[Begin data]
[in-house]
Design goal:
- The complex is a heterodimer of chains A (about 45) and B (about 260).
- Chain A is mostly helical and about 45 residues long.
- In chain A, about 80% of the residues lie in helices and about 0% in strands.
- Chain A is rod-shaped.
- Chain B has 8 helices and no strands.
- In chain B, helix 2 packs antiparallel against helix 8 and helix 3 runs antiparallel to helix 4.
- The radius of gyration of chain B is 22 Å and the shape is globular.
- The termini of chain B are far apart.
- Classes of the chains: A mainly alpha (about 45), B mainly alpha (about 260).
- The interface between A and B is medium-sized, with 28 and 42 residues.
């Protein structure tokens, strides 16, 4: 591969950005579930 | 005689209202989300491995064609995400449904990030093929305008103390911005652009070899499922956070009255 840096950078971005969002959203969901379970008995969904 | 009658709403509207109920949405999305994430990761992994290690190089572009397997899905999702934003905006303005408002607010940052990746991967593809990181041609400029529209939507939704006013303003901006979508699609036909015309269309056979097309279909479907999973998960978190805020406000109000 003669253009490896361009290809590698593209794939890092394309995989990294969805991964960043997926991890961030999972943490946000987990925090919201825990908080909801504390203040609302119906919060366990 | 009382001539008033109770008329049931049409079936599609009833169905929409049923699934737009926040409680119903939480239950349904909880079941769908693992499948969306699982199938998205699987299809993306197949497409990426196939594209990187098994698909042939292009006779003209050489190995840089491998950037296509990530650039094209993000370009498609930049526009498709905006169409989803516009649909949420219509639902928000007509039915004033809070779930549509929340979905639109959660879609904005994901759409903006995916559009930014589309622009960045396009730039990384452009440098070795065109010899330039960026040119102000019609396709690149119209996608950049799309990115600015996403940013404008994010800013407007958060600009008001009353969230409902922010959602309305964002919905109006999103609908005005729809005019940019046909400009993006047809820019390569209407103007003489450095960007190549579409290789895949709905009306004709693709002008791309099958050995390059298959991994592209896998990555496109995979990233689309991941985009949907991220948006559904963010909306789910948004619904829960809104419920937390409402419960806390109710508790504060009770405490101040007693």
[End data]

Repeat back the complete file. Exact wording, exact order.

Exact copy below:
[in-house]
Design goal:
- The complex is a heterodimer of chains A (about 45) and B (about 260).
- Chain A is mostly helical and about 45 residues long.
- In chain A, about 80% of the residues lie in helices and about 0% in strands.
- Chain A is rod-shaped.
- Chain B has 8 helices and no strands.
- In chain B, helix 2 packs antiparallel against helix 8 and helix 3 runs antiparallel to helix 4.
- The radius of gyration of chain B is 22 Å and the shape is globular.
- The termini of chain B are far apart.
- Classes of the chains: A mainly alpha (about 45), B mainly alpha (about 260).
- The interface between A and B is medium-sized, with 28 and 42 residues.
């Protein structure tokens, strides 16, 4: 591969950005579930 | 005689209202989300491995064609995400449904990030093929305008103390911005652009070899499922956070009255 840096950078971005969002959203969901379970008995969904 | 009658709403509207109920949405999305994430990761992994290690190089572009397997899905999702934003905006303005408002607010940052990746991967593809990181041609400029529209939507939704006013303003901006979508699609036909015309269309056979097309279909479907999973998960978190805020406000109000 003669253009490896361009290809590698593209794939890092394309995989990294969805991964960043997926991890961030999972943490946000987990925090919201825990908080909801504390203040609302119906919060366990 | 009382001539008033109770008329049931049409079936599609009833169905929409049923699934737009926040409680119903939480239950349904909880079941769908693992499948969306699982199938998205699987299809993306197949497409990426196939594209990187098994698909042939292009006779003209050489190995840089491998950037296509990530650039094209993000370009498609930049526009498709905006169409989803516009649909949420219509639902928000007509039915004033809070779930549509929340979905639109959660879609904005994901759409903006995916559009930014589309622009960045396009730039990384452009440098070795065109010899330039960026040119102000019609396709690149119209996608950049799309990115600015996403940013404008994010800013407007958060600009008001009353969230409902922010959602309305964002919905109006999103609908005005729809005019940019046909400009993006047809820019390569209407103007003489450095960007190549579409290789895949709905009306004709693709002008791309099958050995390059298959991994592209896998990555496109995979990233689309991941985009949907991220948006559904963010909306789910948004619904829960809104419920937390409402419960806390109710508790504060009770405490101040007693």